News / Middle East

Violence, Voting Irregularities Mar Egyptian Elections

Banners blanketed parts of Cairo, although voter interest appeared as slight as in recent years, 22 Nov 2010
Banners blanketed parts of Cairo, although voter interest appeared as slight as in recent years,  22 Nov 2010 
Elizabeth Arrott

Egyptians took part in parliamentary elections that many feel will bring little change to a country dominated by the National Democratic Party for the past three decades.   But accusations of voting irregularities and reports of violence have raised additional concerns, as the vote is widely considered a dry-run for next year's presidential election.   

Judging just by the noise level, the ruling National Democratic Party appears confident of a strong showing.

In interview after interview with voters trying to explain their support for the opposition, NDP supporters gathered around, their chanting drowning out the words of others.

But noise is just one factor.   A member of the Muslim Brotherhood, the banned Islamic organization, which can run candidates as independents, said that one of the group's candidates in Alexandria was attacked.

The Brotherhood member, known to VOA, but who preferred not to use his name, said the candidate was beaten by a group of men he described as "NDP" thugs. There has been no official word on his condition or whether his attackers have been caught. There was no immediate response from the NDP to the allegations.

Egypt Votes

  • Egypt's Population: 80+ million
  • Parliament has 508 elected members, 10 appointed by president
  • Two PMs represent each of the 254 constituencies
  • A candidate needs more than 50% of the votes to win a five-year term

Other scattered violence, some said to be by security toward opposition groups, has been reported across the country.

The opposition appears to be facing some disadvantages on a more purely technical level, for example, election monitoring.  The government promised all contestants and their representatives they could observe the voting process.  The government promised a free and fair election.

Reda Shaban is a representative of a member of the Muslim Brotherhood running as an independent candidate.  Speaking at  polling station in Helwan, just south of Cairo, Shaban said he found himself confronted by security guards, who said he needed additional approval from the local police.  He said the police turned down his request, while NDP representatives were given the proper paperwork.

Photos by VOA's Elizabeth Arrott

Likewise the media, which had been touted by the government as guarantors of a fair election - and an argument against international monitors, found their access limited. Despite proper accreditation, this reporter was barred from filming inside a polling station, and instructed to "monitor with your eyes."  

Voting at one station mid-day was light, with only nine ballots seen through the glass voting box.  Later, in another district, the count was less clear, as the glass had been covered with an opaque plastic coating.   A woman who quietly introduced herself as an independent monitor said she had seen 15 votes cast since the polls had opened, in a district where some 1,000 people are registered to vote.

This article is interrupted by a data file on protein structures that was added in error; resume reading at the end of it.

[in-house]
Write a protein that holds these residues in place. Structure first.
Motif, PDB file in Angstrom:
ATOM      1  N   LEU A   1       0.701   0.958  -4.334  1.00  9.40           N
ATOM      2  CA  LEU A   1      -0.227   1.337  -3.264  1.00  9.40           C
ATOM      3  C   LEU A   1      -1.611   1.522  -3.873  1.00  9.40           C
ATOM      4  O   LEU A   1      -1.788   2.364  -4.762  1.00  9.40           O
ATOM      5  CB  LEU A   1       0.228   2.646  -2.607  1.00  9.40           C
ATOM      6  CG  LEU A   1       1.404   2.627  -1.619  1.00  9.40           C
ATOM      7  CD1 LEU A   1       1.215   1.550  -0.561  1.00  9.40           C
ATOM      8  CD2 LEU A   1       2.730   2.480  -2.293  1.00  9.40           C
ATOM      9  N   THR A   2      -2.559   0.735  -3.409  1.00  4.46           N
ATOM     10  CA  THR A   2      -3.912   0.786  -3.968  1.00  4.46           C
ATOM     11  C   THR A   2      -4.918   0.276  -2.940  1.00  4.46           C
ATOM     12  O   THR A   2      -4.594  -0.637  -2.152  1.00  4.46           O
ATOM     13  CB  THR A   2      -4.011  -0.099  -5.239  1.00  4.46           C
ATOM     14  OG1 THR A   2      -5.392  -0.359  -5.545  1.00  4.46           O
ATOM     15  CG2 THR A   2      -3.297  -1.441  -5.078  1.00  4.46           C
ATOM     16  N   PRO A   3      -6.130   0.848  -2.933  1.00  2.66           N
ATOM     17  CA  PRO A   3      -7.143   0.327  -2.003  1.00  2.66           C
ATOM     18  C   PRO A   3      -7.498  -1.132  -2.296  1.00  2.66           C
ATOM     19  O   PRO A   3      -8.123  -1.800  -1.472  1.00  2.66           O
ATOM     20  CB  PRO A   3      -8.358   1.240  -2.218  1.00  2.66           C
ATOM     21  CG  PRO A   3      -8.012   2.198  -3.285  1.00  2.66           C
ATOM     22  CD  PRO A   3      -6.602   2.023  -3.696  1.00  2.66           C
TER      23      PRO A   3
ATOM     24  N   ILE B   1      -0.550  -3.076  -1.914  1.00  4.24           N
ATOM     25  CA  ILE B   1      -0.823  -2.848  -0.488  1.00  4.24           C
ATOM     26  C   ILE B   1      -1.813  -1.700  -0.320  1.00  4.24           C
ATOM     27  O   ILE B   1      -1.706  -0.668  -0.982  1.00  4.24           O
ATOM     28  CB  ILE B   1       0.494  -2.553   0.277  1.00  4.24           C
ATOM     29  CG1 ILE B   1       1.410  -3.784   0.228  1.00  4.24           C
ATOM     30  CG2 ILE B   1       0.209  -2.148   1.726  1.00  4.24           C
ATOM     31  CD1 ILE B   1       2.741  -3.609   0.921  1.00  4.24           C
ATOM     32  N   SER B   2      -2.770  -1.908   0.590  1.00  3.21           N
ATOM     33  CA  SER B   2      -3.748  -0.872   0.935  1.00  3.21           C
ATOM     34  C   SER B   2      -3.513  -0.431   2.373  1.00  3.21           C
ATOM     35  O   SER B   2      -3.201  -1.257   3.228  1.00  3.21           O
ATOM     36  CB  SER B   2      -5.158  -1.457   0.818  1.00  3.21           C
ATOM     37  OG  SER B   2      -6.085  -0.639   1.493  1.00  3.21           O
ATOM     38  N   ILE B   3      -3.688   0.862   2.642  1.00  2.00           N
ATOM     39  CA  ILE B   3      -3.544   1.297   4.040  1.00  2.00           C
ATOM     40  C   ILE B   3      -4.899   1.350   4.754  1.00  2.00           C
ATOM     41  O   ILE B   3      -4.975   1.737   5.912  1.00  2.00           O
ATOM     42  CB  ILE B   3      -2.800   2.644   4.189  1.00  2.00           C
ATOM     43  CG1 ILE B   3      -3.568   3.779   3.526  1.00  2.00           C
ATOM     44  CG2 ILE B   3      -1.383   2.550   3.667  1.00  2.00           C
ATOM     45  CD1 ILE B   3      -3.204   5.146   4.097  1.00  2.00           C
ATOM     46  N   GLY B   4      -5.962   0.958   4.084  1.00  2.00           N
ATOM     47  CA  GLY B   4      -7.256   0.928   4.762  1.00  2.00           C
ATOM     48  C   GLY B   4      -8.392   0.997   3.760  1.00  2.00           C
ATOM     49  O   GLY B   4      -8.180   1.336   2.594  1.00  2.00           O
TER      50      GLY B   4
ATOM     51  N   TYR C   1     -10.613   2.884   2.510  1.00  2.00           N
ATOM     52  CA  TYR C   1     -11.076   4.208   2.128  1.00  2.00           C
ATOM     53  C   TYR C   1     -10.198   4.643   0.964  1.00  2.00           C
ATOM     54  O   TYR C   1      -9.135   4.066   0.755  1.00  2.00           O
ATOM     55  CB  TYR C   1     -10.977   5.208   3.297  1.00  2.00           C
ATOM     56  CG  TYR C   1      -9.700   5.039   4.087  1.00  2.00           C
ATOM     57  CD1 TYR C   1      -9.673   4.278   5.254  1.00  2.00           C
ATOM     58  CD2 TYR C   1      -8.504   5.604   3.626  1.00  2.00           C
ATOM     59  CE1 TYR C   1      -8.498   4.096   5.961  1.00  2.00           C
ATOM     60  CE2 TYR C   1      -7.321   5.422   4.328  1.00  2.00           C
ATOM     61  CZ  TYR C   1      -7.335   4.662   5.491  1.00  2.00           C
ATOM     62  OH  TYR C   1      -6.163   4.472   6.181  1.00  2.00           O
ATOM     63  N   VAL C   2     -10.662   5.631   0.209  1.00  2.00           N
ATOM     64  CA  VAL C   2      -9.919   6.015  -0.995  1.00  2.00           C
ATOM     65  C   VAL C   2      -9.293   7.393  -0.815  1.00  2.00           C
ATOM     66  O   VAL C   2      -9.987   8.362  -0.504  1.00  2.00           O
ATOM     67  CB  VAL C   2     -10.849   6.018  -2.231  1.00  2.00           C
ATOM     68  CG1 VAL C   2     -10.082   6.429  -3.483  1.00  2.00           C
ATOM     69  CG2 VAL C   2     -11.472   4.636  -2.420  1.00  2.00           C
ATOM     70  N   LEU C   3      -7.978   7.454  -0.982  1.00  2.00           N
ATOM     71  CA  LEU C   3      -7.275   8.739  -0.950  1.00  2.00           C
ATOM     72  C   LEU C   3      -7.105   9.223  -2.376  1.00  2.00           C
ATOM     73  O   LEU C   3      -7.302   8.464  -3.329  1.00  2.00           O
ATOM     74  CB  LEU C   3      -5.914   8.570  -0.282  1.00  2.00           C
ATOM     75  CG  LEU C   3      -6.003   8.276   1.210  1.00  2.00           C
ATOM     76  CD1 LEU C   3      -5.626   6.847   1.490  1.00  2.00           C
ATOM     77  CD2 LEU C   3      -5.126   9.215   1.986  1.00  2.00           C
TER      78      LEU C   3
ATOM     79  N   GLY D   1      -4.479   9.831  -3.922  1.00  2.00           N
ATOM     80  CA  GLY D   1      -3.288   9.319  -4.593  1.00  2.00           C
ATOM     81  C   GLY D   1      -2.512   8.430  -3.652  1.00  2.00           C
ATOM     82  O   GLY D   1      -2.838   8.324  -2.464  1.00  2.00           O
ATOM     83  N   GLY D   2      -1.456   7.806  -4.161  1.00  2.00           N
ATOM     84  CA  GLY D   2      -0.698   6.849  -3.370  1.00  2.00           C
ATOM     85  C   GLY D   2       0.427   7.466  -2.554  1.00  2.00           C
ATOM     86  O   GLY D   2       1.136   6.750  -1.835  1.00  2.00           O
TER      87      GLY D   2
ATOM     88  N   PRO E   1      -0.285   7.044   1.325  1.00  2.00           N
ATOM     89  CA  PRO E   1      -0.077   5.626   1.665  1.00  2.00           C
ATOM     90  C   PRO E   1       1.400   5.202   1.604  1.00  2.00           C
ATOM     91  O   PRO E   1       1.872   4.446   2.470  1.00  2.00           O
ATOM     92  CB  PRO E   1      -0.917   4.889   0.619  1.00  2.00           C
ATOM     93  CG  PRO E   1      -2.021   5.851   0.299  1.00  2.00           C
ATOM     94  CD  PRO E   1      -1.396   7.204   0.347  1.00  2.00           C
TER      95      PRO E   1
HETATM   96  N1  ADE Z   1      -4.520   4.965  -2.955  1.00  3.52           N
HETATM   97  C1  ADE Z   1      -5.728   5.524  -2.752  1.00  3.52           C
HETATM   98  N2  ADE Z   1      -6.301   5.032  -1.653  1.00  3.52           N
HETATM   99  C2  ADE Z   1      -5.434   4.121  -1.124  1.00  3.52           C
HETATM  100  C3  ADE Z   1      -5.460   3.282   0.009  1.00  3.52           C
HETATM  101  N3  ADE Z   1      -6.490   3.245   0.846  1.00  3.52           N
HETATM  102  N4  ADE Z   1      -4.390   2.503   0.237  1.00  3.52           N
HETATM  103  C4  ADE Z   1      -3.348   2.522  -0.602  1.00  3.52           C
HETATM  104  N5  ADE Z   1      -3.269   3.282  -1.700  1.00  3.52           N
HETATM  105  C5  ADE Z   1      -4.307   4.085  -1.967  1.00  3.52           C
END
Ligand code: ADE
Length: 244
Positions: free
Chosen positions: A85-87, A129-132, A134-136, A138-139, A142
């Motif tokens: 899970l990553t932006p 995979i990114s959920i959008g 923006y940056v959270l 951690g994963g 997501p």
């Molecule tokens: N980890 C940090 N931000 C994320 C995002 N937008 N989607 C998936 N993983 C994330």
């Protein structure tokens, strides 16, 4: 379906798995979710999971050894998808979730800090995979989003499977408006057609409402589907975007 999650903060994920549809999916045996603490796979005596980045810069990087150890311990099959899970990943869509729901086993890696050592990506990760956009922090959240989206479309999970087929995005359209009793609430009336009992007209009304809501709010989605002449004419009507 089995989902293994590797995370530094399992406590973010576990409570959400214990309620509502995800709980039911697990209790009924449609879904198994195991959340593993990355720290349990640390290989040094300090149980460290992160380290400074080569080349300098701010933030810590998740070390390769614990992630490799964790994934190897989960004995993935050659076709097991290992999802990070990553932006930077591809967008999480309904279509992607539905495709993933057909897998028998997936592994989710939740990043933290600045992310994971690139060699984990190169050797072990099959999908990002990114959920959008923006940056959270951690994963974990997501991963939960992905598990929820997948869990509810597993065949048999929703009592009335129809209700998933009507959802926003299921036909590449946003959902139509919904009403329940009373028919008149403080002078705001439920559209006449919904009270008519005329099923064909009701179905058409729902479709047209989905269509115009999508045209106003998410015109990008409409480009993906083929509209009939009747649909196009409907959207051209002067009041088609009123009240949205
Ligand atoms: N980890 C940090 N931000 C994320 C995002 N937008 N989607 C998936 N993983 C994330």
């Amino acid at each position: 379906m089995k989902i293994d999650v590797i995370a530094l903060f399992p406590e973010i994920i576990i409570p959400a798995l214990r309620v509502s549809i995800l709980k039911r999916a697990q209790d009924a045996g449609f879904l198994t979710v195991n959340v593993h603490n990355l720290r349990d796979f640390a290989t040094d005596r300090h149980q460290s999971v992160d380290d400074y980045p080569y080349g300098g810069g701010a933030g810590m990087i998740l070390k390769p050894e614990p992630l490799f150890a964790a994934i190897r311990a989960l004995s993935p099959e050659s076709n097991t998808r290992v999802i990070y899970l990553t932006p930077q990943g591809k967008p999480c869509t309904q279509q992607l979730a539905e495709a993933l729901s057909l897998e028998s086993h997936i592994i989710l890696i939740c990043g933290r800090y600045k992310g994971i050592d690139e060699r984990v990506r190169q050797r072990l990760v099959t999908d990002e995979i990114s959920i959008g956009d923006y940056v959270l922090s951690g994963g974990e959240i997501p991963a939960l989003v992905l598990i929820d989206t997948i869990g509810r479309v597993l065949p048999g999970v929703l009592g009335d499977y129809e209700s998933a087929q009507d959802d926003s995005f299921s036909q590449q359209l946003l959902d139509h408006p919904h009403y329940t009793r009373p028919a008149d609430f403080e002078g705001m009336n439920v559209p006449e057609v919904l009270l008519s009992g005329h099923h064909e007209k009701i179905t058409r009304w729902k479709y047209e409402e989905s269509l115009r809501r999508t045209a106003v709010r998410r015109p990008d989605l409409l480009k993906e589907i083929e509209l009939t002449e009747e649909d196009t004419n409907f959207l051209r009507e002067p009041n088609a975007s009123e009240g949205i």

Authorities say official voter turnout will be released Tuesday, one day after the winners are announced.

Tarek Zaghloul, director of the Egyptian Organization for Human Rights, believes these are only the start of the problems.  Zaghloul said the most violated persons are the voters themselves.  The voter who goes to cast his vote confronts many violations, he says, including being told the officially guaranteed national identification card was, as of voting day, no longer proof enough to vote.  He said others simply couldn't find their names on the voting rolls at all.  

Hala Mustafa, editor of the magazine Democracy, says years of these procedures have taken their toll. "Most of the people lost interest in the elections as a tool for change, for political change.  And, also, I cannot eliminate the factor of the middle class in Egypt. And, I think this class, which gave a kind of political vitality to the society, has been deteriorating for the last two or three decades, and I think this affects negatively the political participation," he said.

She says it is easier to "recruit and mobilize" people in the rural areas.  But that, she says, is beside the point. "I think the only importance of the parliamentary elections this year is for the ruling party to have the overwhelming majority in order to prepare for the presidential elections the next year.  So, this is all I think the whole elections is all about," she said.

Few doubt that the National Democratic Party will hold on to its dominant position again this year.  But next year could possibly be another story.

No candidate has officially declared candidacy for president.  Current President Hosni Mubarak, in power for nearly 30 years, has not ruled out another run, but he is 82 and has suffered health problems this year.   

His son, Gamal Mubarak, a prominent figure in the NDP, is widely seen as being groomed as an eventual replacement.  Given that Gamal is not running for parliament, the number of banners around town these days promoting his political future have only helped that speculation grow.